Consider a game between a parent and a child. The child can choose to be good (G) or bad (B); the…

Consider a game between a parent and a child. The child
can choose to be good (G) or bad (B); the parent can punish the child (P) or
not (N). The child gets enjoyment worth a 1 from bad behavior, but hurt worth
22 from punishment. Thus, a child who behaves well and is not pun‑ ished
gets a 0; one who behaves badly and is punished gets 1 2 2 5 21; and so on. The
parent gets 22 from the child’s bad behavior and 21 from inflicting punishment.

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(a) Set up this game as a simultaneous-move game, and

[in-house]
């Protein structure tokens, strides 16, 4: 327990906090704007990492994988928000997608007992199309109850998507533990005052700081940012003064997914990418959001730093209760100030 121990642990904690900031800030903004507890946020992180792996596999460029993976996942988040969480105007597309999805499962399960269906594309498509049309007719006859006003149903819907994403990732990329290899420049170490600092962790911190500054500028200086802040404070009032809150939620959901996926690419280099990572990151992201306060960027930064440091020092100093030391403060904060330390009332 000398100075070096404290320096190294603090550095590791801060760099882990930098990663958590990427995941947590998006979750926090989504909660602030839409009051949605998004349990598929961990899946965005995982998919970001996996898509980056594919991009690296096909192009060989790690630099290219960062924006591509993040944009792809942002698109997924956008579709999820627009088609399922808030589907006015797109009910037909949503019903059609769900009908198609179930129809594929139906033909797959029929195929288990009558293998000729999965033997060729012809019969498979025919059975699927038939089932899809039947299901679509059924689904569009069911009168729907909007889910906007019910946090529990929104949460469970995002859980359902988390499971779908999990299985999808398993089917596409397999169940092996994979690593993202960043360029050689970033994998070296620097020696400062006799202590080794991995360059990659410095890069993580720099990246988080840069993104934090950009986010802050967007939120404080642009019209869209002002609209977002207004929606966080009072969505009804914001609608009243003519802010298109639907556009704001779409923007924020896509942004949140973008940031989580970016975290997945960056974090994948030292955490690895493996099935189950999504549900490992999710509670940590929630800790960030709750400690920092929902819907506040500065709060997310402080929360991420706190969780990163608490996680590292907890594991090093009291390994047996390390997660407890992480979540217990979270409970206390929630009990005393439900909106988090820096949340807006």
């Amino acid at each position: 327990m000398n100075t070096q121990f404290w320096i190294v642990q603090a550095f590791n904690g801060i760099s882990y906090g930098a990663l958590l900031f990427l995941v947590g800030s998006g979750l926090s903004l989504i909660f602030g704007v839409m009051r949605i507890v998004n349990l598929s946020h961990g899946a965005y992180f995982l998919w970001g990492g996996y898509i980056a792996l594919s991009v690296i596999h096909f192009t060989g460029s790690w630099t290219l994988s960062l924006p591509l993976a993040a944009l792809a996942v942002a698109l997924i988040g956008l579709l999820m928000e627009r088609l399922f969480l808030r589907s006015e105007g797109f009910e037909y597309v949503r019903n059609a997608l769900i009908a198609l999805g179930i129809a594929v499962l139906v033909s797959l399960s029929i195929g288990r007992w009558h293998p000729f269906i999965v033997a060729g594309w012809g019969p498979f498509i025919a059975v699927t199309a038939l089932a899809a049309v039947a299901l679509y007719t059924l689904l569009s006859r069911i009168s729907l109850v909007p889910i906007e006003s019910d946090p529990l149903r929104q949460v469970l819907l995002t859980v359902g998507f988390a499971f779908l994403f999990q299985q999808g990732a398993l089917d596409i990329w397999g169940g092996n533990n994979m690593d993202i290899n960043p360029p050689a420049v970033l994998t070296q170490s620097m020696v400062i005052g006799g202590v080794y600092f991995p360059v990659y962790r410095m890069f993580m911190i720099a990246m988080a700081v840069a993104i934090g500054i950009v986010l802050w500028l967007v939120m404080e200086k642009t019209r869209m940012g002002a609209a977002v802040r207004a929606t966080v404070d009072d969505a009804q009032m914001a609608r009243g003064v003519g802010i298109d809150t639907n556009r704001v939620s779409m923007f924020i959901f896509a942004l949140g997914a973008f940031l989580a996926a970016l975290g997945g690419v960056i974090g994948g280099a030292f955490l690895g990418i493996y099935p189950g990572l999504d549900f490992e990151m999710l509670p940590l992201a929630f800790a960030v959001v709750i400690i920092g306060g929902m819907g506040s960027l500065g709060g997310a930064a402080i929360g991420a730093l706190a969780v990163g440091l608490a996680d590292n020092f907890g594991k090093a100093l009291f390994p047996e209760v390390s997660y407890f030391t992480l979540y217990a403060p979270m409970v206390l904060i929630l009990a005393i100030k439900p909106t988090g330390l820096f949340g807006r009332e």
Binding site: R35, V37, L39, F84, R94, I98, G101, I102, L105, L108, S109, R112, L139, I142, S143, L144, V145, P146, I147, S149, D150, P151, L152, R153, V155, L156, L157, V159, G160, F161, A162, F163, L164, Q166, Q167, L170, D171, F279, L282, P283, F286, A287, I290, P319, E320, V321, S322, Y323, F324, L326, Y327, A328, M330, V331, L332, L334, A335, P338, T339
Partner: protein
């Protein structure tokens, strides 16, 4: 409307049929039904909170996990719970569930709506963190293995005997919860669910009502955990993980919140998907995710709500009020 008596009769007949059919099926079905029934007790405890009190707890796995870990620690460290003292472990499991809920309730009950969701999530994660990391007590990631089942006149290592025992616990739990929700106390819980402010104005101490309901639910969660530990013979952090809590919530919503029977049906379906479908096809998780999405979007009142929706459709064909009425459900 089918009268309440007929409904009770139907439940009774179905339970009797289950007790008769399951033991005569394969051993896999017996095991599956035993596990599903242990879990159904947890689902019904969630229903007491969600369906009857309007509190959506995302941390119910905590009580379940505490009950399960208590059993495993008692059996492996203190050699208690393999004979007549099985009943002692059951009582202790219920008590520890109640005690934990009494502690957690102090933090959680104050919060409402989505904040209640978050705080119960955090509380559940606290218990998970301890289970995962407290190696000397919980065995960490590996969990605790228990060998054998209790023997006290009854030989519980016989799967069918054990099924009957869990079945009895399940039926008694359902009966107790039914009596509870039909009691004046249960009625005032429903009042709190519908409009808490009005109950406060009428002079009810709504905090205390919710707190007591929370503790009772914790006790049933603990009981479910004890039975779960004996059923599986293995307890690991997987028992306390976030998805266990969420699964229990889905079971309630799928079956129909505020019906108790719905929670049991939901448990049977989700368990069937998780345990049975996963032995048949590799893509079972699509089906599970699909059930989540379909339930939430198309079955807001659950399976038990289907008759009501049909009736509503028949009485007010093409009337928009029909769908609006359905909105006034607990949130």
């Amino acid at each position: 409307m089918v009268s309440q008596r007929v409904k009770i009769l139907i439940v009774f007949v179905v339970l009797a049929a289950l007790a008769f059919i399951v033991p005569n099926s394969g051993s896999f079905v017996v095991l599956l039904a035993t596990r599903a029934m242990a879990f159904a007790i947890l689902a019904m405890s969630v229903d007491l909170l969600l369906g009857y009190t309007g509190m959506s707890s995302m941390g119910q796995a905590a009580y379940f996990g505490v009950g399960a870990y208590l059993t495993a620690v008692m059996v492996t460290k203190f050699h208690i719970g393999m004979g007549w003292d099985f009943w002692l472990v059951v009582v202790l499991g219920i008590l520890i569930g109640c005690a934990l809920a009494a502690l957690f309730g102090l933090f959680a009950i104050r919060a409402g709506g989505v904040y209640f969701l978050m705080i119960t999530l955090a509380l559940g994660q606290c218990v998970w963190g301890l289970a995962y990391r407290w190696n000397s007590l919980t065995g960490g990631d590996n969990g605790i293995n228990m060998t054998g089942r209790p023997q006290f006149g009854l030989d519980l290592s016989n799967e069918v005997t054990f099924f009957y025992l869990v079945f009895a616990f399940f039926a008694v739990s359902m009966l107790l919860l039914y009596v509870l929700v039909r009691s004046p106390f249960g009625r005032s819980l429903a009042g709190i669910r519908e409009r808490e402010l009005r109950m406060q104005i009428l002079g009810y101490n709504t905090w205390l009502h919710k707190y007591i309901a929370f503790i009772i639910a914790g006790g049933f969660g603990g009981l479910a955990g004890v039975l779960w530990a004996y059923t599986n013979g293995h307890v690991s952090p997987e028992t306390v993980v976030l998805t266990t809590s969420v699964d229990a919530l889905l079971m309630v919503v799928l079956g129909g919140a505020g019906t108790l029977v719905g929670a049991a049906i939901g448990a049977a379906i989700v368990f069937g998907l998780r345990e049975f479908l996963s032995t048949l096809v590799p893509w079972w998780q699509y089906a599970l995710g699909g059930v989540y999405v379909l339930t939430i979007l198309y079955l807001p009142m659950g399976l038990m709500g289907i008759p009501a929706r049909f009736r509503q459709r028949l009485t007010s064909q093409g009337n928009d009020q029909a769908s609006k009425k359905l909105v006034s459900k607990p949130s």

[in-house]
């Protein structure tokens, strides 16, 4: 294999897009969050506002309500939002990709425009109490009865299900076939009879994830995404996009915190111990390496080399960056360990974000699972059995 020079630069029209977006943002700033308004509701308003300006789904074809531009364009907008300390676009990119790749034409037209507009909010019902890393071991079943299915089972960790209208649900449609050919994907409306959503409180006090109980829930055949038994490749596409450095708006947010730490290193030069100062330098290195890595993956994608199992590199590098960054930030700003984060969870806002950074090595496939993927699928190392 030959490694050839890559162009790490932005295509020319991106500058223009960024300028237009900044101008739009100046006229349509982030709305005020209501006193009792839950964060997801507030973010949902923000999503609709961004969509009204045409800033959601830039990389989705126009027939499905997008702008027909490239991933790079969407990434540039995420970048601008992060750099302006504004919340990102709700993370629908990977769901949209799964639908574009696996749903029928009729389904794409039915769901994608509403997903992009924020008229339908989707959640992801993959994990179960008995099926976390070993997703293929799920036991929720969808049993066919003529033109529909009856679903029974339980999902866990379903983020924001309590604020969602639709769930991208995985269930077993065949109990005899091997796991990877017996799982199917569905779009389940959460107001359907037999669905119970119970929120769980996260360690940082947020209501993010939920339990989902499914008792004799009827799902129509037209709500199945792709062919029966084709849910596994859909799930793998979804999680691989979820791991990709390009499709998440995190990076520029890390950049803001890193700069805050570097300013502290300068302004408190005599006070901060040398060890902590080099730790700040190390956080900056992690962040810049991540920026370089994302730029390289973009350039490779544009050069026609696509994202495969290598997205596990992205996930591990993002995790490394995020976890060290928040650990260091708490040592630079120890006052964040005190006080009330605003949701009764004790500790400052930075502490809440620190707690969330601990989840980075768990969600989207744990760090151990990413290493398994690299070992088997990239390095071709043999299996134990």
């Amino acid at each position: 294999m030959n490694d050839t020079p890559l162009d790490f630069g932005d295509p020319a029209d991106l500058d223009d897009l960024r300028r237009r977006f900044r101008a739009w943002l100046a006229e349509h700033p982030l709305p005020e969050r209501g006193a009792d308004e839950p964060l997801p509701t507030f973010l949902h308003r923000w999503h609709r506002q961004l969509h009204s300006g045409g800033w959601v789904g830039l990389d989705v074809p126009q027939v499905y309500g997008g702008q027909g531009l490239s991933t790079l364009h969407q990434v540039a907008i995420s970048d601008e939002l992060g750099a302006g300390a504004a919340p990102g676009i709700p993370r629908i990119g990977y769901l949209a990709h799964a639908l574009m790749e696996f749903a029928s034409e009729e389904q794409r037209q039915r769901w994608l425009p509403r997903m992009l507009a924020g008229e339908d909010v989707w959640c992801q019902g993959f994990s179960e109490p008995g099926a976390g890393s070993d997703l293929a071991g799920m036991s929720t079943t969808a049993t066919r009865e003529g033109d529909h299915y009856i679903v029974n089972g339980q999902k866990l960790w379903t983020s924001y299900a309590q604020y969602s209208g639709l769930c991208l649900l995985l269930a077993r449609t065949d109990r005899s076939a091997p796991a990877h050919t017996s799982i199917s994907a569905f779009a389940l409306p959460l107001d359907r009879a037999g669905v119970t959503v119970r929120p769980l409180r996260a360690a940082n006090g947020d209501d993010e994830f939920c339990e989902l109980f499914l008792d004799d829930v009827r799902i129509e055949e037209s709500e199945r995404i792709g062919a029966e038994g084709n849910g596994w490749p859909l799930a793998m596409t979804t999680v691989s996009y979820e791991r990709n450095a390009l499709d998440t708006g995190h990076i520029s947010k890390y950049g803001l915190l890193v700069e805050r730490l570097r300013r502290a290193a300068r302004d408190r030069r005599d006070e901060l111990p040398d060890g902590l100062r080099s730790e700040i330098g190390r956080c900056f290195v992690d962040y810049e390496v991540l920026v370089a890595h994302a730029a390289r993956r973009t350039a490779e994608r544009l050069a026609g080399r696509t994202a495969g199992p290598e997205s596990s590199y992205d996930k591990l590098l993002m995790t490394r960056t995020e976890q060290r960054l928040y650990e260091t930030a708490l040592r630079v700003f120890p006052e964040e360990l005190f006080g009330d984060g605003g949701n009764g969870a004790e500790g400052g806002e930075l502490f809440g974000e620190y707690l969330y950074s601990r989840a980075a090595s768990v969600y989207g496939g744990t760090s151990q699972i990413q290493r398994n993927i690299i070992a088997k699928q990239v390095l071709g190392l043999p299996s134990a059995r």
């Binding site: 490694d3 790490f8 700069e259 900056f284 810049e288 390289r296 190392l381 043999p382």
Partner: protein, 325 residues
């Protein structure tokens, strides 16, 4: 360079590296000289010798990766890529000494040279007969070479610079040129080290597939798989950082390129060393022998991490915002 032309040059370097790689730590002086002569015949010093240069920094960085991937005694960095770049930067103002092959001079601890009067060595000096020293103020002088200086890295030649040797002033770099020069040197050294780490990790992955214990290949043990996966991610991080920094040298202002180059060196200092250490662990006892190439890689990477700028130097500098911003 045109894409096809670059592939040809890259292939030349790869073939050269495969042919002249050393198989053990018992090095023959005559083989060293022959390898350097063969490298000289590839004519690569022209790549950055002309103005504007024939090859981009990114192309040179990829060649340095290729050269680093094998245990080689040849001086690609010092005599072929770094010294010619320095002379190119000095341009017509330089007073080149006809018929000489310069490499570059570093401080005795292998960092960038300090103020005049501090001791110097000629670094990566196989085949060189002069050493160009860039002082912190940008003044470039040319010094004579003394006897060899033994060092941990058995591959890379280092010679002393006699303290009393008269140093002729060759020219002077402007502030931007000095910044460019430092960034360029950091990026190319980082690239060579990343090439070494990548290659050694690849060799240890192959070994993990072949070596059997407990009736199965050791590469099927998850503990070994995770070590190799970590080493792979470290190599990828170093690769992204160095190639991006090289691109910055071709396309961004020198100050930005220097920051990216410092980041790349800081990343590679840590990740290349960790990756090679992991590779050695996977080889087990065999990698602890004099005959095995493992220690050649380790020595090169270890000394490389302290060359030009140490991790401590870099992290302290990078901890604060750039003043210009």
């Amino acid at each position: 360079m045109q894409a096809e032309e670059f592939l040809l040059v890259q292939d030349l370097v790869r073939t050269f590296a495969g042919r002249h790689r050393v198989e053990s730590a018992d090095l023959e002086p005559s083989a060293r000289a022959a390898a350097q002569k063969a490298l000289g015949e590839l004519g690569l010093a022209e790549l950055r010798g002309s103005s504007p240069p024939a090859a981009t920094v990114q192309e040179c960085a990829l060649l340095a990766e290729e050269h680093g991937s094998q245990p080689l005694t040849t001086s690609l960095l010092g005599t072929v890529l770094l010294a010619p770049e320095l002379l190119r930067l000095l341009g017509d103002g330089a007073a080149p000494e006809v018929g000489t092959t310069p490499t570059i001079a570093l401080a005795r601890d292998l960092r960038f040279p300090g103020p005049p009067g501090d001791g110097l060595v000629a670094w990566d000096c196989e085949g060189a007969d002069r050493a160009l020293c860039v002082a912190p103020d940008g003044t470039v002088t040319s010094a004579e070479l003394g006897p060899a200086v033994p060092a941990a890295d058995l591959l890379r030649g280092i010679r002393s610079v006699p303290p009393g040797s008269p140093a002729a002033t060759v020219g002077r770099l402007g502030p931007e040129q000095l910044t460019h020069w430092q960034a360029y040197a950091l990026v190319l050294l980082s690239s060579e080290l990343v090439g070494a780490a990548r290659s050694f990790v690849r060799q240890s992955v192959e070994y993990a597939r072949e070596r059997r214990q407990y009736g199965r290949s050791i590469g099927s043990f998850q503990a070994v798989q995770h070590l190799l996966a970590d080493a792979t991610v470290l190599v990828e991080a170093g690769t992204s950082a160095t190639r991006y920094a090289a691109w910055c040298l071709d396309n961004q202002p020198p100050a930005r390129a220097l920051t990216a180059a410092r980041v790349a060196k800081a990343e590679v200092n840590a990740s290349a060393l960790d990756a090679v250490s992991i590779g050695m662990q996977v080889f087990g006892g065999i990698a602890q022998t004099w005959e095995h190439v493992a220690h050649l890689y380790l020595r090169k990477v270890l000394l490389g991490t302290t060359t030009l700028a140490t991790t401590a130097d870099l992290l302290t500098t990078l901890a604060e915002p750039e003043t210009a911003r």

find the equilibrium.

(b) Next, suppose that the child chooses G or B first and
that the parent chooses its P or N after having observed the child’s action.
Draw the game tree and find the subgame-perfect equilibrium.

(c) Now suppose that before the child acts, the parent
can commit to a strategy. For example, the threat “P if B” (“If you behave
badly, I will punish you”). How many such strategies does the parent have?
Write the table for this game. Find all pure-strategy Nash equilibria.

(d) How do your answers to parts (b) and (c) differ?
Explain the reason for the difference.

 

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